Traffic safety concerns for Morrison Avenue residents

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Several residents of Morrison Avenue expressed safety concerns to the Waterloo City Council on Monday night related to increased traffic before and after school on their street.

“It’s a disaster with traffic, speed,” Morrison Avenue resident Lynn Polk told the council. 

Greg Lane, who has lived on Morrison Avenue about a year, said this street has been serving as a “cut-through” to the nearby schools as a way to bypass morning and afternoon traffic on South Market Street.

“In the morning, before school from say 7:30, 8 o’clock, it’s a racetrack,” Lane said. “They go 40 to 50 miles an hour through Morrison Avenue, length to length.”

Residents added that the 500 and 600 blocks of Morrison – between Sycamore Street and Route 156 (Front Street) – seem to be the worst area during these times.

A resident in the 500 block of Morrison Avenue said he lives next to the stop sign at Sycamore Street.

“It’s a suggestion to stop,” he told the council. “They don’t stop. If anything, they speed up.”

These residents asked if more stop signs could be placed along this area of Morrison Avenue or if speed bumps could be installed, to which Waterloo Mayor Tom Smith and some aldermen replied that state law doesn’t allow it.

“State law says you can’t use stop signs to control speeds,” Smith said.

Another suggestion was to place “Slow: Children at Play” signs in the area.

Smith asked Waterloo Police Chief Jeff Prosise about this situation, and he said at the meeting that his officers have conducted extra patrols and placed speed signs there recently. 

Smith suggested that police begin running radar in the times of day mentioned and begin writing tickets if necessary.

“Right now, we have a problem on Morrison Avenue,” Smith said. “Once the people start getting tickets, it will slow it down.”

Prosise concluded by saying “you’ll see increased police presence” on Morrison Avenue going forward.

On the heels of a Red Flag Warning issued by the National Weather Service in St. Louis due to dangerous fire weather conditions caused by prolonged dry and windy conditions, the council on Monday night passed a resolution banning all outdoor burning and other fires in city limits effective immediately until further notice.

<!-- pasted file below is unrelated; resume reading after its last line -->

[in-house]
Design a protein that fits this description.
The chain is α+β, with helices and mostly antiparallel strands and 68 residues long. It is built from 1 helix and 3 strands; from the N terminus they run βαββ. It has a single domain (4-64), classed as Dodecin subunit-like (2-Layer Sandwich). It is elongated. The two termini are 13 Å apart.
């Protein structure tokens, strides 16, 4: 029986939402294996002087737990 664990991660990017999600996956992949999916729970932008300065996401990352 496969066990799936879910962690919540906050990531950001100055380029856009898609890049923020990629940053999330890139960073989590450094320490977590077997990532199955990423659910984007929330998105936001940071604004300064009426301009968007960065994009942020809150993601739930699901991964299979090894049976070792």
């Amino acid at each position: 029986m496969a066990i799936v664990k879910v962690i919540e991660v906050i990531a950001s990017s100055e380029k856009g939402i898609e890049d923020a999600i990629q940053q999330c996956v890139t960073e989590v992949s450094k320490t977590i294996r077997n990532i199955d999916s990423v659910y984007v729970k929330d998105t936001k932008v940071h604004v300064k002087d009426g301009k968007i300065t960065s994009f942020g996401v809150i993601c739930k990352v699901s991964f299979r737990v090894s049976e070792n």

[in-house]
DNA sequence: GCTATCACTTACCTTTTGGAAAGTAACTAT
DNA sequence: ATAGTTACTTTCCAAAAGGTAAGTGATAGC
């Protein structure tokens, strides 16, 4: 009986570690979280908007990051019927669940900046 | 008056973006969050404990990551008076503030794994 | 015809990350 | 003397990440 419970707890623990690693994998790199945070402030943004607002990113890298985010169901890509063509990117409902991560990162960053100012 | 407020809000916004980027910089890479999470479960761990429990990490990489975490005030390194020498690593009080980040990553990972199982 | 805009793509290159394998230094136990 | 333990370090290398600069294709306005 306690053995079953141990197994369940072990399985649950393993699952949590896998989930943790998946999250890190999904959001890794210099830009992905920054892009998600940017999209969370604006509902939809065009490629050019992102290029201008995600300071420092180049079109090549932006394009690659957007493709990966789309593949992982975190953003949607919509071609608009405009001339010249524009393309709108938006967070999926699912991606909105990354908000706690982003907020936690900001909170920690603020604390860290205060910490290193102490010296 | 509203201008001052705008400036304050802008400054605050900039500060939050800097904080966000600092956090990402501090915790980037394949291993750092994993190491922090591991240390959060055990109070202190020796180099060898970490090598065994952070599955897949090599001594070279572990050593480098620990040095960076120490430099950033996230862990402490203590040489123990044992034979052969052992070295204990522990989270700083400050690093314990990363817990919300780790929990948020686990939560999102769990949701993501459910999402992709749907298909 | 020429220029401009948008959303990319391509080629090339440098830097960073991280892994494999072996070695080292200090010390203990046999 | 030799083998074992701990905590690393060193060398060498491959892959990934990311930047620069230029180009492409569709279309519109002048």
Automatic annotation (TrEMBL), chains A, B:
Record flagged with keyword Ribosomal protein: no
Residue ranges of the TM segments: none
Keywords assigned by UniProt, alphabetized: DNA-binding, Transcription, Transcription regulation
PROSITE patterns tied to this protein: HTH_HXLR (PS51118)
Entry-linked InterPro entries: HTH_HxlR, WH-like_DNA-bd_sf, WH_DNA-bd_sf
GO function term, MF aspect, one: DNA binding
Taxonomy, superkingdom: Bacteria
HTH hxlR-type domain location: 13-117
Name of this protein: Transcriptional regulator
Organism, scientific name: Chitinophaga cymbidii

By a vote of 6-2, the council approved an ordinance amending the salaries of elected city officials.

The approved salary of aldermen holding office after the 2017 election is $10,650 annually, with a 1.5 percent increase applied  each year thereafter. The salary after the 2025 election will be $11,820 with a 2.5 percent annual increase applied thereafter.

For city clerk, the salary after the 2015 election was $12,315 with an annual increase of 1.5 percent thereafter. After the 2025 election, that salary will be $14,090 with an increase of 2.5 percent annually thereafter.

For mayor, the annual salary after the 2015 election was $16,000 with an annual 1.5 percent increase applied thereafter. After the 2025 election, that salary increases to $18,300 with a 2.5 percent annual increase thereafter in addition to $1,000 per year for serving as liquor commissioner.

The city treasurer salary will increase to $9,400 after the 2025 election with a 2.5 percent annual increased applied thereafter.

As for special city council meetings, those attending are paid one 36th of their annual salary. 

The elected officials also get paid $50 per public hearing attended. After the 2025 election, city officials will get paid $75 per committee meeting attended  – $100 if committee chairman – up from $35 and, if chairman, $50. 

Aldermen Russ Row and Jim Hopkins voted against the salary amendment.

Hopkins told the Republic-Times he didn’t think the salary changes were needed.

“What we’re getting now is adequate to cover all expenses for an alderman,” he said.

In other news from the meeting, Waterloo Director of Public Works Tim Birk said a sidewalk replacement project on the south side of West Mill Street between Main Street and Church Street is underway, with the hope that it will be completed over the next few weeks.

Smith also said the Pontiac Firebird Fest will return to downtown Waterloo in 2023 following a successful showing in town this past May. There are already 91 vehicles signed up for next year’s event. 

The council approved a memorandum of understanding and settlement agreement with International Brotherhood of Electrical Workers Local 309. An agenda item to enter executive session regarding “collective negotiating matters” was removed from Monday’s meeting slate.

The council did go into executive session briefly to discuss “pending litigation,” but no action was taken following that closed session.

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